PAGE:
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Radio review: The Documentary and A Laureate for Elizabeth

10 June 2022

Alamy

The Queen with the Romanian head of state, Nicolae Ceausescu, during a state visit to the UK in 1978, which featured in The Documentary: The royal diplomat (World Service, 28 May)

The Queen with the Romanian head of state, Nicolae Ceausescu, during a state visit to the UK in 1978, which featured in The Documentary: The royal dip...

“ONE is a sort of sponge.” So said the Queen, articulating in her own words the exercise of “soft power”; and, as Emma Barnett discovered in The Documentary: The royal diplomat (World Service, 28 May), you can do worse than have a wise old sponge as your head of state. In a survey stretching back to the start of Queen Elizabeth II’s reign, the programme referred to instances of diplomacy enacted in many and varied settings, from the ballrooms of Commonwealth conferences to the drawing room at Buckingham Palace.

This was not the occasion to scrutinise moments of possible overreach, or the failures of this form of realpolitik. But it was not so reverential as to omit the visit of Nicolae Ceausescu in 1978. “It was bloody awful,” remarked Lord Owen, who went on to describe how the Romanian dictator and his entourage departed the Palace laden with trinkets and small items of furniture, pilfered from the guest rooms. The Queen at one point reportedly hid in the garden to avoid contact.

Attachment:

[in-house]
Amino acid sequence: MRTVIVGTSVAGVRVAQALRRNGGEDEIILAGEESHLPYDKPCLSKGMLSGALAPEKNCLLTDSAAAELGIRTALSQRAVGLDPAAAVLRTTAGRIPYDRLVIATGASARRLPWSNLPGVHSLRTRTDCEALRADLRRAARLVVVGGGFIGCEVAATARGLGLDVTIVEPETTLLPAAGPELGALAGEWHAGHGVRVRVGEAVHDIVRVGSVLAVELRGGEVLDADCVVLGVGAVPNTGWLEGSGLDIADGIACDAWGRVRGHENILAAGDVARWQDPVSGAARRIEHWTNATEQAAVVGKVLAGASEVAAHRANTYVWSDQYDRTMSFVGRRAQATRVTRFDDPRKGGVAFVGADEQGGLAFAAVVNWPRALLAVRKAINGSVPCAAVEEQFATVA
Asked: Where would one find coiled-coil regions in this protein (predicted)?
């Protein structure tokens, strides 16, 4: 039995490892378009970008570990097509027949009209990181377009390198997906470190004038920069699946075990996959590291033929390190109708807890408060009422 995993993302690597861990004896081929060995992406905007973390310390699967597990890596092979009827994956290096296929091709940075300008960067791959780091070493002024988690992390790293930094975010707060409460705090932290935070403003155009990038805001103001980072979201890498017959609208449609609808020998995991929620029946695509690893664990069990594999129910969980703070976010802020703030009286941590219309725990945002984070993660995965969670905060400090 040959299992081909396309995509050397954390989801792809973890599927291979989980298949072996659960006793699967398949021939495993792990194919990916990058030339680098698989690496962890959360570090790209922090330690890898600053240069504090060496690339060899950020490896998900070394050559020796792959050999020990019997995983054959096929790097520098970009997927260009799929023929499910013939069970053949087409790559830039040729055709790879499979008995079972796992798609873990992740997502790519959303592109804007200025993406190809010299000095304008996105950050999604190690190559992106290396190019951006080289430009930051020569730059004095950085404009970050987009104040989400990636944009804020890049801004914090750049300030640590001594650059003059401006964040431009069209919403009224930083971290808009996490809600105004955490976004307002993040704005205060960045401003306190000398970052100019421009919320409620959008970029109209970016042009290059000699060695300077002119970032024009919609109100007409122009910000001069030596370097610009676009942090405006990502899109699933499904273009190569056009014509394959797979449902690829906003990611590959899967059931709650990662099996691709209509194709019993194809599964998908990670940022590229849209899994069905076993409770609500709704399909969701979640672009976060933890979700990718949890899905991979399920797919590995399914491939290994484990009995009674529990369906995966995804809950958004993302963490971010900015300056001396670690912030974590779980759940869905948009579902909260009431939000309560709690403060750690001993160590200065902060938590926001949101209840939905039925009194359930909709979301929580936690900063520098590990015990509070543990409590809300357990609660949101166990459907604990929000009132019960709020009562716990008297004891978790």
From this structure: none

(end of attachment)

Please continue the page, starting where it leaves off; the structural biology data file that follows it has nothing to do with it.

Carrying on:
And, if last week’s Paddington Bear sketch was not enough to convince us of our monarch’s sense of fun, then listen in to the segment broadcast here, in which she is heard ribbing Sir Edward Heath for being sufficiently “expendable” to send to Baghdad — this in the course of a pre-dinner exchange that included the US Secretary of State James Baker, at a time when the hot topic was whether Mr Baker should negotiate with Saddam Hussein. This lends the joshing an unexpectedly dark frisson.

The great surprise in A Laureate for Elizabeth (Radio 4, 31 May), in which William Sieghart reviewed the work of the Queen’s seven Poets Laureate, was how good most of their official poetry has been. Perhaps, in response to the heady atmosphere of last weekend, I have lowered my critical guard; but, with a few notable exceptions, the likes of Cecil Day-Lewis, Ted Hughes, Sir Andrew Motion, and Dame Carol Ann Duffy have managed to balance public and private with originality and flair. Nor, as Mary Beard reminded us, should the task of writing celebratory verse be regarded with such disdain. After all, no less than Virgil’s Aeneid originated in an ambition to big up the Emperor Augustus.

It is unfair to caricature the job as a grace-and-favour position for an Establishment hack. Each new appointment was, at the time, regarded as in some way ground-breaking; and, since Sir Andrew’s tenure, the ten-year tenure has helped guard against that sterility that certainly overcame long-serving Laureates such as John Masefield.

We are nevertheless bound to remember the failures. Sir John Betjeman would never quite live down his “Jubilee Hymn” for the Queen’s Silver Jubilee, which he himself knew to be sub-standard. Amid the cruelty, however, came a letter from the Duke of Edinburgh, which says much about the monarchy’s ability to ride out a storm. “Criticism is much easier than creation, and the persecution of individuals has always been the pleasure of thick-headed bullies since time immemorial.”

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